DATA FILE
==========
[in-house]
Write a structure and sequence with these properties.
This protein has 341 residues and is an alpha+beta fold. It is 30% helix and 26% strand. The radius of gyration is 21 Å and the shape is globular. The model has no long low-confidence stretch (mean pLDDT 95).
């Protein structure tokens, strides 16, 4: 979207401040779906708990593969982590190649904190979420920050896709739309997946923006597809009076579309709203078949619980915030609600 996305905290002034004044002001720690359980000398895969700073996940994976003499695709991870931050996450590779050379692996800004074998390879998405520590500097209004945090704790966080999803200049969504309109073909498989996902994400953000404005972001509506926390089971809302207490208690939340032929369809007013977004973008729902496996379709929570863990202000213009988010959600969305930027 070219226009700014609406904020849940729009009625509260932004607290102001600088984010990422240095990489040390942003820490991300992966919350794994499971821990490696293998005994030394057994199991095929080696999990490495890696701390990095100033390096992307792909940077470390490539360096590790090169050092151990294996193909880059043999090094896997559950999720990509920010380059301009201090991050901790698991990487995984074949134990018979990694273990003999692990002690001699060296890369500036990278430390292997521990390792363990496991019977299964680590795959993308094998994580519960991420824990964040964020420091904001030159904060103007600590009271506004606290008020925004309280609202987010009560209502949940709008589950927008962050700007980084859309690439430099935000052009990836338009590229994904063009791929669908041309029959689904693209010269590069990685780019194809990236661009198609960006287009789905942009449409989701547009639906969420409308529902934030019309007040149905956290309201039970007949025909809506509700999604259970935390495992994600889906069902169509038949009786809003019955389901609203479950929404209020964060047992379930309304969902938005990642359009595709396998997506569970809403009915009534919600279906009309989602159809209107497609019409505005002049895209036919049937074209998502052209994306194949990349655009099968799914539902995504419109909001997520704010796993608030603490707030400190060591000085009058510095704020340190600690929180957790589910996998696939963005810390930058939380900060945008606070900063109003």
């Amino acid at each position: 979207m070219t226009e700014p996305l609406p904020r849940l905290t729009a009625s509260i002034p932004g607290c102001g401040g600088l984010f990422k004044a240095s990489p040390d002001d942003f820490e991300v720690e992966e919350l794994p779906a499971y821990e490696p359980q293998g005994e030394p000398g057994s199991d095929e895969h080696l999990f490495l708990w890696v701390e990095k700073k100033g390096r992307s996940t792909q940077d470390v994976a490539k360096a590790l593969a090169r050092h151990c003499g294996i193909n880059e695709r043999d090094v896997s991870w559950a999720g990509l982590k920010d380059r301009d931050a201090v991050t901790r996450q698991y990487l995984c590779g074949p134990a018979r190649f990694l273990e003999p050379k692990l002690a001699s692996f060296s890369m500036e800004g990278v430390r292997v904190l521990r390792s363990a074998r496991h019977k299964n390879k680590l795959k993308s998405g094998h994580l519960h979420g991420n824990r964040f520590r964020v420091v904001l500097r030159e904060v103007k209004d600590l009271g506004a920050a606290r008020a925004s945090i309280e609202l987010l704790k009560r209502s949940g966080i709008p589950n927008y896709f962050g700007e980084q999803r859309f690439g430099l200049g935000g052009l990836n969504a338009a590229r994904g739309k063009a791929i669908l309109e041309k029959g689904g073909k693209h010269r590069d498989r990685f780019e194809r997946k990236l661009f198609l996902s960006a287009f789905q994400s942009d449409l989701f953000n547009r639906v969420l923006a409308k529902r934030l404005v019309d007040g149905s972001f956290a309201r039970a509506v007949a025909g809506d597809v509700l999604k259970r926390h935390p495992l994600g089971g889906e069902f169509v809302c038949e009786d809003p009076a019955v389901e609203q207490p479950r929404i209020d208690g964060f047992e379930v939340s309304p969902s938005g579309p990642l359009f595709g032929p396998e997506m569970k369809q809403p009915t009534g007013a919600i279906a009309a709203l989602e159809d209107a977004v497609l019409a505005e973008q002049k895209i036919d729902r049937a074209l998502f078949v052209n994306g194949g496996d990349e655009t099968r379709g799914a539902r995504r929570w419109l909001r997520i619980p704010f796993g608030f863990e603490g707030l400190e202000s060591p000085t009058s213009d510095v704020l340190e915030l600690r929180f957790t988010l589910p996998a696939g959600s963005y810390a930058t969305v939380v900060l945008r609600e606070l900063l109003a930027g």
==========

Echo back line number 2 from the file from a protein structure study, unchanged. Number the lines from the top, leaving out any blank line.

Write a structure and sequence with these properties.